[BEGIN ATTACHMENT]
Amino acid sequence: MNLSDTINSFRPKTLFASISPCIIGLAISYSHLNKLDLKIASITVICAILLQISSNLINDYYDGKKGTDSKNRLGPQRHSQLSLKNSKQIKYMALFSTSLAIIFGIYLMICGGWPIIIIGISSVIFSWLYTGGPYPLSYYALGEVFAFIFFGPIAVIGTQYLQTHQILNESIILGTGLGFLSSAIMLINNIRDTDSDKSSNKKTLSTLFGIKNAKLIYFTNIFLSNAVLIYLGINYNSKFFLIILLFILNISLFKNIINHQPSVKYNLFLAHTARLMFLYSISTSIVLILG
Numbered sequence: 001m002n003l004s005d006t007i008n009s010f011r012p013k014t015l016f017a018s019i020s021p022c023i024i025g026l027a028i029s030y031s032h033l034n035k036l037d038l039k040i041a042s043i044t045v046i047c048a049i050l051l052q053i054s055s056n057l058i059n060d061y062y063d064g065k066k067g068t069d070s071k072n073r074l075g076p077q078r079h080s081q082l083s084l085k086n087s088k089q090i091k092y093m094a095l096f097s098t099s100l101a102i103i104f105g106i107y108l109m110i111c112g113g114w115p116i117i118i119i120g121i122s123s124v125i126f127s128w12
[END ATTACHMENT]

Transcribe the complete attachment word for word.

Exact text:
Amino acid sequence: MNLSDTINSFRPKTLFASISPCIIGLAISYSHLNKLDLKIASITVICAILLQISSNLINDYYDGKKGTDSKNRLGPQRHSQLSLKNSKQIKYMALFSTSLAIIFGIYLMICGGWPIIIIGISSVIFSWLYTGGPYPLSYYALGEVFAFIFFGPIAVIGTQYLQTHQILNESIILGTGLGFLSSAIMLINNIRDTDSDKSSNKKTLSTLFGIKNAKLIYFTNIFLSNAVLIYLGINYNSKFFLIILLFILNISLFKNIINHQPSVKYNLFLAHTARLMFLYSISTSIVLILG
Numbered sequence: 001m002n003l004s005d006t007i008n009s010f011r012p013k014t015l016f017a018s019i020s021p022c023i024i025g026l027a028i029s030y031s032h033l034n035k036l037d038l039k040i041a042s043i044t045v046i047c048a049i050l051l052q053i054s055s056n057l058i059n060d061y062y063d064g065k066k067g068t069d070s071k072n073r074l075g076p077q078r079h080s081q082l083s084l085k086n087s088k089q090i091k092y093m094a095l096f097s098t099s100l101a102i103i104f105g106i107y108l109m110i111c112g113g114w115p116i117i118i119i120g121i122s123s124v125i126f127s128w12